Mesopotamia, Hassuna Period, Painted bowls from Samarra c. 6300-6000 BCE.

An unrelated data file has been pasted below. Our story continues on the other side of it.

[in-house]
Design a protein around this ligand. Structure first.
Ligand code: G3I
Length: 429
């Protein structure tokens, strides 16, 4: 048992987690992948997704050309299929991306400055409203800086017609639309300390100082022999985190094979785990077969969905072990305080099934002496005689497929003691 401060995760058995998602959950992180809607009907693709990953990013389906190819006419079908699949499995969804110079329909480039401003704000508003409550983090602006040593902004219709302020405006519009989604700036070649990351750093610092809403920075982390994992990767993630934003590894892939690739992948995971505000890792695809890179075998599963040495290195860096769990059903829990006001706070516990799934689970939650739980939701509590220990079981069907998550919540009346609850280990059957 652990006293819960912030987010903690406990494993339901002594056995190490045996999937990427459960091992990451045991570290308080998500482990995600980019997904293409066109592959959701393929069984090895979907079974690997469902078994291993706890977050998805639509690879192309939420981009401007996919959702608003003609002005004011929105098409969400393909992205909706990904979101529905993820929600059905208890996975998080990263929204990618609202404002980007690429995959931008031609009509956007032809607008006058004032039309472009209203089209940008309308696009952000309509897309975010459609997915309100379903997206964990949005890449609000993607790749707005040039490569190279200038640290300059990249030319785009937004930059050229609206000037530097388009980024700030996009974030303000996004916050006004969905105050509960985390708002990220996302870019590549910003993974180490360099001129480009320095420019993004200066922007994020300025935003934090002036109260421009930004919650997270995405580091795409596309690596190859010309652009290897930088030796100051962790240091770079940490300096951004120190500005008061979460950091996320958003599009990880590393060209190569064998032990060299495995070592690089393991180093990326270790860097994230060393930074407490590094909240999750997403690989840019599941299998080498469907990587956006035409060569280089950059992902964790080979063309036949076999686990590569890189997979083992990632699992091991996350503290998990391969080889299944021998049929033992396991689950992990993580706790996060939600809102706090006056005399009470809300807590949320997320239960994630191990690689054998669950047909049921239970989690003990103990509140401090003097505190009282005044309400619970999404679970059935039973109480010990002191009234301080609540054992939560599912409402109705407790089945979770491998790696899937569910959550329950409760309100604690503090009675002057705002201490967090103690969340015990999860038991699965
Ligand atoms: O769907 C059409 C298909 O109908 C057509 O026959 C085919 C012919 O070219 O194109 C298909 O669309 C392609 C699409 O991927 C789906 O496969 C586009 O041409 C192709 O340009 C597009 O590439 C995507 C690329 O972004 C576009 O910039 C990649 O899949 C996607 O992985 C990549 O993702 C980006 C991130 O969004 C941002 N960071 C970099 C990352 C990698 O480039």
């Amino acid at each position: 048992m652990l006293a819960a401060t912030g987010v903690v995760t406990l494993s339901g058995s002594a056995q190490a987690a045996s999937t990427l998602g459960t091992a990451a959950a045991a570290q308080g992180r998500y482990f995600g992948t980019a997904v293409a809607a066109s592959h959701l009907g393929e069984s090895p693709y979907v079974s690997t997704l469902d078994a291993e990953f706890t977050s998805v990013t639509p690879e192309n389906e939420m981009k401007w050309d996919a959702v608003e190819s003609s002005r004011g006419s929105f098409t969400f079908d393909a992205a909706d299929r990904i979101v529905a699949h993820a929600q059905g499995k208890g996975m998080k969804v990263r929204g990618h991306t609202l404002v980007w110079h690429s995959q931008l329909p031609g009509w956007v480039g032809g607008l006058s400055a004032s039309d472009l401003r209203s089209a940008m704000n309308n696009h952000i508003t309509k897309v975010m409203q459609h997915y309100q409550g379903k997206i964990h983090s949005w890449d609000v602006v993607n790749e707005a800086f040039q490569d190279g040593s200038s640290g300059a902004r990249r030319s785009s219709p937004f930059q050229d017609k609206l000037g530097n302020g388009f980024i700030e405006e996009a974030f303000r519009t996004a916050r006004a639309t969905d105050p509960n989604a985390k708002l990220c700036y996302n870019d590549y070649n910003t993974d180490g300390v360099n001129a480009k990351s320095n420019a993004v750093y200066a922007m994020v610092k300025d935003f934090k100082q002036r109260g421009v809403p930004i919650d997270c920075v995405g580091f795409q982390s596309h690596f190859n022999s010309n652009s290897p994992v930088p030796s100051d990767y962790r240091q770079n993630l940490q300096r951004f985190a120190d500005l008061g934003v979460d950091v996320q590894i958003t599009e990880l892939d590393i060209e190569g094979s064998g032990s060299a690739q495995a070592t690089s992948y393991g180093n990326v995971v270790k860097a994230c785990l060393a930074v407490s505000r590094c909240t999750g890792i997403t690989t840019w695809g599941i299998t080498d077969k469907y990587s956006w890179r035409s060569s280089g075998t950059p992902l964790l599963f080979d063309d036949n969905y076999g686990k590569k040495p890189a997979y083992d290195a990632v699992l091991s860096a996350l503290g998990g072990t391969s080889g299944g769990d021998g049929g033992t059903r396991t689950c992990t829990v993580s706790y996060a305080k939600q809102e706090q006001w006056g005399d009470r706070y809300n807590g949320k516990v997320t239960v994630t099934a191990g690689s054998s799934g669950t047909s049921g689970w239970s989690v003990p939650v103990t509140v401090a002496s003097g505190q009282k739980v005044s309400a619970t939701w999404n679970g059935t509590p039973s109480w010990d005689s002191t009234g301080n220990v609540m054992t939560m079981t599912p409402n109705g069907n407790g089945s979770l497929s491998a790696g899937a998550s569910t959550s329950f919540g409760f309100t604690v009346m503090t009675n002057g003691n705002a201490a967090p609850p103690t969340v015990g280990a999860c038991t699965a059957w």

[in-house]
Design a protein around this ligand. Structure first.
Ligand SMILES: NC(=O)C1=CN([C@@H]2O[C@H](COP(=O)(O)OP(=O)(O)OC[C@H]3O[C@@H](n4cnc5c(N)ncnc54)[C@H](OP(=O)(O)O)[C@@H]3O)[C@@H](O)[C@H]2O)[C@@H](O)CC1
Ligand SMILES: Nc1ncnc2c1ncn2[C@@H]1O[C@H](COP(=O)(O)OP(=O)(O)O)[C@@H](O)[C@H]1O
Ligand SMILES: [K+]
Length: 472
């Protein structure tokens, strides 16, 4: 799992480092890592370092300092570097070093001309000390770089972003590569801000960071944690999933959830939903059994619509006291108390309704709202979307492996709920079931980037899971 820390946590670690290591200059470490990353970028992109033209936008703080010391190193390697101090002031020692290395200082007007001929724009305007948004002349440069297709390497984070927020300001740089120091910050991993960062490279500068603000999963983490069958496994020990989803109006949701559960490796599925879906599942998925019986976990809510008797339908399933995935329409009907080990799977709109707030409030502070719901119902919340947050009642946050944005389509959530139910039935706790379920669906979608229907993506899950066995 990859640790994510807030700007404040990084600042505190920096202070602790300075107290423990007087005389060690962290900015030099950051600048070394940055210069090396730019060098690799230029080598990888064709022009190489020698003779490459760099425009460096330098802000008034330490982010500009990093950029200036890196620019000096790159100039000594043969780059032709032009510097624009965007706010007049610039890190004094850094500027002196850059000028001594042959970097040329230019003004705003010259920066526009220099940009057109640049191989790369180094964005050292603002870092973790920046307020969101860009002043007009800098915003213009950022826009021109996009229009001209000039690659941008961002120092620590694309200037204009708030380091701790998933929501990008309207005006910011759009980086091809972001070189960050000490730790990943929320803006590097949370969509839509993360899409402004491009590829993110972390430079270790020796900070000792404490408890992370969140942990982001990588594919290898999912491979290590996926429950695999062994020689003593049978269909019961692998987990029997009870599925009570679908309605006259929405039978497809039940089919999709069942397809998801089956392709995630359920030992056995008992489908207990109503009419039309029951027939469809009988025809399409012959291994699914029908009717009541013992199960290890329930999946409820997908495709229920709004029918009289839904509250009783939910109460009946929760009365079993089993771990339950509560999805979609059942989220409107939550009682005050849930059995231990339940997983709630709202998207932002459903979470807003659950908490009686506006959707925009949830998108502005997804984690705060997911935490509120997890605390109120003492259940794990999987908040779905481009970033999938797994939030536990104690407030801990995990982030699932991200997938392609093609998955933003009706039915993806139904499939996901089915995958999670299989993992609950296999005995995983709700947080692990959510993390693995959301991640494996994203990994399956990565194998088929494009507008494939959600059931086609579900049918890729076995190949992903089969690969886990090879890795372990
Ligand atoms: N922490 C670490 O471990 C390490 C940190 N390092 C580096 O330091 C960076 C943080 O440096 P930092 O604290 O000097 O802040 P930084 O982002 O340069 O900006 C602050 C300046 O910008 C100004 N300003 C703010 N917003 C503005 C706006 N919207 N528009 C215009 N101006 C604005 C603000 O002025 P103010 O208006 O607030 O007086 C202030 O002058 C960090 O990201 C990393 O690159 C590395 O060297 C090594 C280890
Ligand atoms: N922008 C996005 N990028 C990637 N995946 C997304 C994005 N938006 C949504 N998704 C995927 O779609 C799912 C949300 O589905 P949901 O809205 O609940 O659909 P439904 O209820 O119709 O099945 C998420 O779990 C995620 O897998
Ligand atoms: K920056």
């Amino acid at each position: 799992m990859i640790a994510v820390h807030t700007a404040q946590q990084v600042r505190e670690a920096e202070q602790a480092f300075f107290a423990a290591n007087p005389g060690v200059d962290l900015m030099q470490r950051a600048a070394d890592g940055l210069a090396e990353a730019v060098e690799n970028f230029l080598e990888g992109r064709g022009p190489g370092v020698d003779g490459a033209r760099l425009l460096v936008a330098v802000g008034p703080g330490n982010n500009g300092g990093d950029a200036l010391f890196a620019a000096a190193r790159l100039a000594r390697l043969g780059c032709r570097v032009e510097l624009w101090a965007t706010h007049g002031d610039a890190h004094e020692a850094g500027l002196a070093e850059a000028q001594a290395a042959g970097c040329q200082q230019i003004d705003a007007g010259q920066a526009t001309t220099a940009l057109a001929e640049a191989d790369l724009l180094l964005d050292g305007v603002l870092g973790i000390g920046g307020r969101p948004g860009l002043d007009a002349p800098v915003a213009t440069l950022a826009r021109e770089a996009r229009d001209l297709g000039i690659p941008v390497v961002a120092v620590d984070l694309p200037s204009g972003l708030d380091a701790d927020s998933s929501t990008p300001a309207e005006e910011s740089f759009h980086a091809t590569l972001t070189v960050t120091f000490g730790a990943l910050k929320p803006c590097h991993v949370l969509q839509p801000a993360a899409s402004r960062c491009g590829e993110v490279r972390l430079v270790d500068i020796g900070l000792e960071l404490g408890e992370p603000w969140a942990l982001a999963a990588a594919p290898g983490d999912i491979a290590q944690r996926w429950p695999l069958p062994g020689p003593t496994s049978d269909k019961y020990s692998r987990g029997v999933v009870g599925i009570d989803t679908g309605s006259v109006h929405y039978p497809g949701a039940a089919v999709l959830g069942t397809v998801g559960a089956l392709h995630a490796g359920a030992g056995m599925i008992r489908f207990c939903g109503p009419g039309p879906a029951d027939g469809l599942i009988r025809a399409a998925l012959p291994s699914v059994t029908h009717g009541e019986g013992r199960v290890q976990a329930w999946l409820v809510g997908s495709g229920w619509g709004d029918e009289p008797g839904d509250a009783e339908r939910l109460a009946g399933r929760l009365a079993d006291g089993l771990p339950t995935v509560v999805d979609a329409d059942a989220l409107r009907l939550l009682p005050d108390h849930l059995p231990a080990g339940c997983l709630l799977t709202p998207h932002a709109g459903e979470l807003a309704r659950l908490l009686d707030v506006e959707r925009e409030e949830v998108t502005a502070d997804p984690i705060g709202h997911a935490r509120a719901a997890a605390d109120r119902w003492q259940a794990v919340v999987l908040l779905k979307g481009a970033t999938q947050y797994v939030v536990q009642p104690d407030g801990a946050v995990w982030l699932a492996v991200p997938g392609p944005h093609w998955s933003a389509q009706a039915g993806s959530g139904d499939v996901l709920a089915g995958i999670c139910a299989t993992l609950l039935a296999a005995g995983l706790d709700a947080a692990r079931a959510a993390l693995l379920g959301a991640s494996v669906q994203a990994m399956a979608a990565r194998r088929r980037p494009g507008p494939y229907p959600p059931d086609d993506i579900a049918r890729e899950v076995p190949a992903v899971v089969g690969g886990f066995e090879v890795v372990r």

Proto-Hassuna not that well fired--black core indicates 600-700 degrees C. for one hour, likely in bonfires (no evidence of kilns found). Produced in small villages. Hassuna ware fired better--vestigial kilns--sunken firebox, clay grate, wares separated from fire, sloping stoke hole--upper part likely temporary (piled pot shards etc.) Kilns clustered away from houses in separate district. We don’t know who made them. Samarra ware 6300-6000 BCE--central Mesopotamia--towns enclosed by ditch--extended families--houses up to 14 rooms. Labour coordinated for irrigation etc.--settlements self-sufficient in ceramics--lots of kiln sites, wasters, 850-1050 Celsius. Decoration in red or black or bichrome imitates textiles, basketry, whirling style, bulls etc. Breakage repaired--valuable, but not as valued as stone vessels (found in graves). Some potters’ marks indicate existence of limited trade--pots found around region. There seems to be little agreement about the exact dates of the Samarra culture as well as its precise cultural and ethnic makeup. Extensive evidence of irrigation indicates investment in crop farming, permanent settlements and complex social organization. Samarra culture is noted for its fine painted pottery decorated in dark coloured backgrounds with figures of animals - birds - people and geometric designs. This type of pottery was first recognized at Samarra but was thought to be a southern variant of the Hassuna Culture. It now seems Samarra was roughly contemporary with late Hassuna and early Halaf culture, which built over Hassuna sites. Some archaeologists believe Samarran colonization of the southerly lowland area led to the development of the later Ubaid culture (which later absorbed Halaf to the north.)